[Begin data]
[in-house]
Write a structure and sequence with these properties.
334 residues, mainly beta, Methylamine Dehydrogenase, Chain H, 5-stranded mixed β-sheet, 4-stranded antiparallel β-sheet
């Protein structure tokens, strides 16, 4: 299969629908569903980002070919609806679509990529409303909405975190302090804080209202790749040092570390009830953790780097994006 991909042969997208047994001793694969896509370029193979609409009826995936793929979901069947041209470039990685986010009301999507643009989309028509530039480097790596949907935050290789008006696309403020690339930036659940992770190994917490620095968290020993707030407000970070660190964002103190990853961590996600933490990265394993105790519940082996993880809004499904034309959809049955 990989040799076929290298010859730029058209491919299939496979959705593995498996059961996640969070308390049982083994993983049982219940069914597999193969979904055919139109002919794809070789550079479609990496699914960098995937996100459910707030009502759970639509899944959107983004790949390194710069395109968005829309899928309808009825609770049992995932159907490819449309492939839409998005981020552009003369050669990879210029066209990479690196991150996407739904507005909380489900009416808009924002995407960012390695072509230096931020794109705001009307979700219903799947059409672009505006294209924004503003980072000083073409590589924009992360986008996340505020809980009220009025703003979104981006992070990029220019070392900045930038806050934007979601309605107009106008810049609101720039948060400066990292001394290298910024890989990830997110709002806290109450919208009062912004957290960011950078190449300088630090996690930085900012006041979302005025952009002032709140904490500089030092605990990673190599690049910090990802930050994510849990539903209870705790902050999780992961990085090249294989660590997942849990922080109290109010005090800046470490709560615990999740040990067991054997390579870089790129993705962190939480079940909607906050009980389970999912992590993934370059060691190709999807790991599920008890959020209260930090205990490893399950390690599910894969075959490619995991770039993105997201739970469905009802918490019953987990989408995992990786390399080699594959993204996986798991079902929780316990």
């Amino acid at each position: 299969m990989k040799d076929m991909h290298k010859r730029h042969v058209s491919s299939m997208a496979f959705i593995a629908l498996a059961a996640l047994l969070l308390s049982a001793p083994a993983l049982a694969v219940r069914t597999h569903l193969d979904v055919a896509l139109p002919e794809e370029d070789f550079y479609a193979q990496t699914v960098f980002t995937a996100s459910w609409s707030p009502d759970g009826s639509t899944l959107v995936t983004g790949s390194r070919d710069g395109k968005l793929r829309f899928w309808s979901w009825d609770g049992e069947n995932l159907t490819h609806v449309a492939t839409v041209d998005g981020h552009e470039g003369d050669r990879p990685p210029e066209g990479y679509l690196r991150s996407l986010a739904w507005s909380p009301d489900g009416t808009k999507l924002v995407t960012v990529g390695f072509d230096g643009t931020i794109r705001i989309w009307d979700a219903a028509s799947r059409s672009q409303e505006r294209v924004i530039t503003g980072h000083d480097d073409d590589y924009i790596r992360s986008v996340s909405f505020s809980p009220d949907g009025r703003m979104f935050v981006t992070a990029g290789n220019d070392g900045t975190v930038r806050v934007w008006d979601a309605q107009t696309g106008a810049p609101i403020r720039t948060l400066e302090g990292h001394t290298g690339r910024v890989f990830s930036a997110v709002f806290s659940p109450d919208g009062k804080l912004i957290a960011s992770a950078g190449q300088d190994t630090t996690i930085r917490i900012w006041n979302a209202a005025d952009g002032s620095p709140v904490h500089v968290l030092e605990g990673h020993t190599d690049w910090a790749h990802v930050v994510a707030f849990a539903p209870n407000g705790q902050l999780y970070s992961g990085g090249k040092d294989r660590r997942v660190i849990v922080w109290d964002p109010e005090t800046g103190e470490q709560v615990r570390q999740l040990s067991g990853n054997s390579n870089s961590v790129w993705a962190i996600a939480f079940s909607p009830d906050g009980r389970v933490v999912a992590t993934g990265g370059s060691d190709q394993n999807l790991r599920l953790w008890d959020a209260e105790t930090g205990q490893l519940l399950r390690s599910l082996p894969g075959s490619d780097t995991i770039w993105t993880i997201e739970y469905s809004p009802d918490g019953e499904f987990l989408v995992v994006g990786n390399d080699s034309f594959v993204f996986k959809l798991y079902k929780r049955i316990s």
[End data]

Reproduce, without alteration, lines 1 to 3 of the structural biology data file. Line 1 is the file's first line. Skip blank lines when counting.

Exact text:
[in-house]
Write a structure and sequence with these properties.
334 residues, mainly beta, Methylamine Dehydrogenase, Chain H, 5-stranded mixed β-sheet, 4-stranded antiparallel β-sheet